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      01-23-2010, 06:20 PM   #4
gonzo
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A large number of articles I have read since I created this thread go against what you say about it. ^

This is pretty informative.

Coconut Oil as Saturated Fat
Another reason people believe coconut oil must be bad for you is misguided association: it is a saturated fat and "saturated fats are bad for you." Dietary guidelines inevitably fail to distinguish between different kinds of saturated fats and insist that saturated fats (meaning all saturated fats) are harmful.

This is not just misleading. It is bad science. Leading scientists now recognize that just as there is good cholesterol, there are also good saturated fats.

Fats are classified as short-, medium- or long-chain based on the number of carbon molecules they contain. Nearly two-thirds of the saturated fat in coconut oil consists of medium-chain fatty acids.

When we eat long-chain fatty acids, they must be emulsified by bile salts in the small intestine before they can be absorbed into our body. Short- and medium-chain fatty acids, such as those in coconut milk, are absorbed directly through the portal vein to the liver, where they are immediately available to the body.

In other words, most of the saturated fat in coconut oil is easily digestible and converted into quick energy. And these types of fatty acids are less likely to cause obesity because they are immediately used by the body and have no opportunity to be stored.

Benefits of Coconut Oil
Nearly 50% of the fatty acid in natural coconut oil is lauric acid, which converts to the fatty acid monolaurin in the body. Lauric acid has adverse effects on a variety of microorganisms including bacteria, yeast, fungi, and enveloped viruses. It destroys the lipid membrane of such enveloped viruses as HIV, measles, Herpes simplex virus (HSV-1), influenza and cytomegalovirus (CMV). Its usefulness in treating AIDS is currently under investigation. It is a main component of human breast milk and helps protect children from illness during infancy.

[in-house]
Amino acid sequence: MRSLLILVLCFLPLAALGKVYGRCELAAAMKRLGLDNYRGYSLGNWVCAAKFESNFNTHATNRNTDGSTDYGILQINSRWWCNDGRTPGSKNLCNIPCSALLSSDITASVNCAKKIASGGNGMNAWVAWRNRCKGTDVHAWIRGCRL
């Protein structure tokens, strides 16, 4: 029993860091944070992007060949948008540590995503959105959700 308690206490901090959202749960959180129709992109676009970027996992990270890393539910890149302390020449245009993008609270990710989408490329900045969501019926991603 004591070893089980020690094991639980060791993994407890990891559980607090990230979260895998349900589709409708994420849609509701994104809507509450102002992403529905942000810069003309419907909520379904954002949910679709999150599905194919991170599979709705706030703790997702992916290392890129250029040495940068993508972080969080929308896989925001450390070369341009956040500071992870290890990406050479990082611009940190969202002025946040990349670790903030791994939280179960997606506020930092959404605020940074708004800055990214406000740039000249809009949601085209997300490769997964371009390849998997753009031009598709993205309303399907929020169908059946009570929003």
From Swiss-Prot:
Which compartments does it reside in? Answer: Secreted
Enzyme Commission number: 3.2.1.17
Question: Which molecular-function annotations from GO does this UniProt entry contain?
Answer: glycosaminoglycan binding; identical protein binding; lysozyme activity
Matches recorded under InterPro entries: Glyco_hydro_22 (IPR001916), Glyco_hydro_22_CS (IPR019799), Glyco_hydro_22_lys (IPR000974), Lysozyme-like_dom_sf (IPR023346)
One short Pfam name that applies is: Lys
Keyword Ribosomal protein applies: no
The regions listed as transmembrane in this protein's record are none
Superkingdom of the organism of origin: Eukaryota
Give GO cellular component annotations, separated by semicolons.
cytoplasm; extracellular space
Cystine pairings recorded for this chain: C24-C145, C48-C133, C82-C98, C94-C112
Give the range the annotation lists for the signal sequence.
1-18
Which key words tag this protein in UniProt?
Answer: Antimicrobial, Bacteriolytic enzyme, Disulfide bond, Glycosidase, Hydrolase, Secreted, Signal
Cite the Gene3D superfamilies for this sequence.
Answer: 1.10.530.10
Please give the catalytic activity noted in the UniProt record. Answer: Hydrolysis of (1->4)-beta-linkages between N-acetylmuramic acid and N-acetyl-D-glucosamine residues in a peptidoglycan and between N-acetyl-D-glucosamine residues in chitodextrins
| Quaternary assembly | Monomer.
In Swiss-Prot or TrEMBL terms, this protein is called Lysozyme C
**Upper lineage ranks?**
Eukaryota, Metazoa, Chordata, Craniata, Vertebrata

Capric acid, which comprises another 7% of coconut oil fat content, also stimulates anti-microbial activity.

In other words: not only does coconut oil not cause heart problems, it is good for you. To quote Dr. Mary Enig: "The research over four decades concerning coconut oil in the diet and heart disease is quite clear: coconut oil has been shown to be beneficial."(See endnote 4.)

Coconut oil is a "functional food," defined as a food that "provides a health benefit over and beyond the basic nutrients."(See endnote 5.) It is an immune-system enhancer.

For further reading: Mary G. Enig, Coconut: In Support of Good Health in the 21st Century (offsite). Also the Center for Research on Lauric Oils, Inc (offsite).

TFAs – The Real Cause for Concern
In fact, the real problem fats in our diets are the trans fatty acids, mentioned above as a by-product of hydrogenating fats. Here are just a few of their adverse effects: lower the "good" HDL cholesterol and raise the "bad" LDL cholesterol while raising total serum cholesterol levels; increase blood insulin levels in humans in response to glucose load, increasing risk for diabetes; affect immune response by lowering efficiency of B cell response and increasing proliferation of T cells; interfere with utilization of essential omega-3 fatty acids; and escalate adverse effects of essential fatty acid deficiency.

You get these effects, and more, every time you consume hydrogenated or partially hydrogenated oil, which is present in most processed food, including margarine, potato chips, baked goods, etc.